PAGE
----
The Patent Act, 1970 defines a patent as an exclusive distinct right that preserves the inventors right over his inventions, this excludes third parties to make, sell or use that invention. In order to inspire inventions, patents have two uses.
Firstly, promoting the economic well-being of inventors. Secondly, publishing the constituents of the invention, it is made obvious amongst the general public of the country, that similar contents of the patent application will not be entertained, thereby creating better and other newer innovations.
What is Patentable subject matter?
The Patentable subject matter is defined as patent-eligible subject matter that is susceptible to patent protection. Thus, the foremost consideration is to determine whether the invention relates to a patentable subject matter. The invention shall not fall under Sections 3 and 4 of the Patents Act which defines the non-patentable subject matter.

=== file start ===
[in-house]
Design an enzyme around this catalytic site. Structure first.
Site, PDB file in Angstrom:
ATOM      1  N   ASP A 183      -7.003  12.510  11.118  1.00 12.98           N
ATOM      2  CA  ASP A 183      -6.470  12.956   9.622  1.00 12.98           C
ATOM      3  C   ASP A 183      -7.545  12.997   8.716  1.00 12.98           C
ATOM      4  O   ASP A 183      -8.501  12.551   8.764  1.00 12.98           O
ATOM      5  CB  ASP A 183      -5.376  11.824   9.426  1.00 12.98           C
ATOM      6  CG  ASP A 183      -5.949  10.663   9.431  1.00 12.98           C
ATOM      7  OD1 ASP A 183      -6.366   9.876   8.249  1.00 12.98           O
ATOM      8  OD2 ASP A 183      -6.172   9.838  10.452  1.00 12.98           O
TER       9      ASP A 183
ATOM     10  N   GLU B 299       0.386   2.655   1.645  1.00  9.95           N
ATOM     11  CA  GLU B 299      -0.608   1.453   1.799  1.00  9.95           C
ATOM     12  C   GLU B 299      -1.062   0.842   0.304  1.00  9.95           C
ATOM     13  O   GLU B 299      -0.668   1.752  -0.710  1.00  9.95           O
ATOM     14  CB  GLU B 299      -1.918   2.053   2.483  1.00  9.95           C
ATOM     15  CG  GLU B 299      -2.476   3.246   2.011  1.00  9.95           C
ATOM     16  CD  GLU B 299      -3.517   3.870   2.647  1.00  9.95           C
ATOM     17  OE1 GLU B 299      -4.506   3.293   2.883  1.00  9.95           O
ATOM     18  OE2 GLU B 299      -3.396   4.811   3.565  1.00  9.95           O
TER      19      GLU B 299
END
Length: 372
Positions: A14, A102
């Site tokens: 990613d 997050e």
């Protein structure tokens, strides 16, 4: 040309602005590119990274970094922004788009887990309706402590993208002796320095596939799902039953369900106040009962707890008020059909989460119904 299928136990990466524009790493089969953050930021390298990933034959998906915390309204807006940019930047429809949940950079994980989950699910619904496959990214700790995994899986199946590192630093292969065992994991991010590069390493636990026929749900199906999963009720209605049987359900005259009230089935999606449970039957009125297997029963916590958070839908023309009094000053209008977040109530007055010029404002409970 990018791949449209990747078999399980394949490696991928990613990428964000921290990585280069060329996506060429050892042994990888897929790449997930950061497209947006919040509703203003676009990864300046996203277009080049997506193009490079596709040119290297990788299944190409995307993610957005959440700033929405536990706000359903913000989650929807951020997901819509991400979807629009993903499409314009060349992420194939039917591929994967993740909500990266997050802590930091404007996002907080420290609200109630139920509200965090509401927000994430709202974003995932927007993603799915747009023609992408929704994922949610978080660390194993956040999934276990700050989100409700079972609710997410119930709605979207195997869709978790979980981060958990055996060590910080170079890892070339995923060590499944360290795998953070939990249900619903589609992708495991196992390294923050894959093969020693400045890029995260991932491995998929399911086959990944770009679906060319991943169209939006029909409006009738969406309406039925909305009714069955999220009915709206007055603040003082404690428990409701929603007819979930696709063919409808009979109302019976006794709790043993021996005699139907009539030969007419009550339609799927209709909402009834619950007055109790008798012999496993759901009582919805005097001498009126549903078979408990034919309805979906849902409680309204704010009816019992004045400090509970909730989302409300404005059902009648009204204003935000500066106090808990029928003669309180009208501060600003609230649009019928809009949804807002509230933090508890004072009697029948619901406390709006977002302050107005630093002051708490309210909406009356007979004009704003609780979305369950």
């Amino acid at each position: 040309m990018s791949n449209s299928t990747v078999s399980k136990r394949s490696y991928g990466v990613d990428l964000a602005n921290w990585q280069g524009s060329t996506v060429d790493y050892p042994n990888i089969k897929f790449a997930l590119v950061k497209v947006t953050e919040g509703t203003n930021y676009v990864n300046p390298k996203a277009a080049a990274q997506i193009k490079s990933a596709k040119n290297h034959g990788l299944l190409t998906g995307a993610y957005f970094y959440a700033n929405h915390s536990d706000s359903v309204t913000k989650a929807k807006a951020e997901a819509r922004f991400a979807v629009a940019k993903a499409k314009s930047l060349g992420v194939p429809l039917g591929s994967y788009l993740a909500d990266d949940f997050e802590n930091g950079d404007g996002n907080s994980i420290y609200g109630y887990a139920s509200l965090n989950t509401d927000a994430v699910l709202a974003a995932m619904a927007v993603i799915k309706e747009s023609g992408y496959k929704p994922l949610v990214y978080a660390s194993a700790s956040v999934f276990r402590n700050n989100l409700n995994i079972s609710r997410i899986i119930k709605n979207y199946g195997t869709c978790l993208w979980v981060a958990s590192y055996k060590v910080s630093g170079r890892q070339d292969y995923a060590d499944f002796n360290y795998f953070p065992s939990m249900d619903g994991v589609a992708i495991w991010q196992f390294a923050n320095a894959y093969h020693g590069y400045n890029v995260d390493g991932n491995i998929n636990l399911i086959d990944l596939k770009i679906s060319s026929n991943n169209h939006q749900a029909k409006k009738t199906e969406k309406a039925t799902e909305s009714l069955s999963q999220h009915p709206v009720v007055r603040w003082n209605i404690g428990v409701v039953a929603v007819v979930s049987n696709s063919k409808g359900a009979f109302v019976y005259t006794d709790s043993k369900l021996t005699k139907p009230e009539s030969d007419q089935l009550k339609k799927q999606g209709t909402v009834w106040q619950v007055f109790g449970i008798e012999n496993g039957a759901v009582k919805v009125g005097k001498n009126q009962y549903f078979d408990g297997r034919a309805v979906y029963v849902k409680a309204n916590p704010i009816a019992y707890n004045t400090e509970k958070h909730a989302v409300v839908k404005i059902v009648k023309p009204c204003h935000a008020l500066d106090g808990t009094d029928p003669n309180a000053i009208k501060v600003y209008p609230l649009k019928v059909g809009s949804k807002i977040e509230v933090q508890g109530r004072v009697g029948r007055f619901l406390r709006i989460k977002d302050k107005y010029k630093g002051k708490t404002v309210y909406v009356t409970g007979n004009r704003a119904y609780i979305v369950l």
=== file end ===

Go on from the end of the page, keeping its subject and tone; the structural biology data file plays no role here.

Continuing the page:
For any invention to be granted in INDIA, the following criteria should be fulfilled:
The First criteria for the invention is that the invention should be new and novel.
According to section Section, 2(l) of the Patents Act novelty is defined as “any invention or technology which has not been anticipated by publication in any document or used in the country or elsewhere in the world before the date of filing of a patent application with complete specification, i.e., the subject matter has not fallen in the public domain or that it does not form part of the state of the art”.
2. Inventive Step
Inventive step is defined under Section 2(ja) of the Patents Act as “a feature of an invention that involves technical advance as compared to the existing knowledge or having economic significance or both and that makes the invention not obvious to a person skilled in the art”.
3. Industrial Applicability
Industrial applicability is defined under Section 2(ac) of the Patents Act as “the invention is capable of being made or used in an industry”.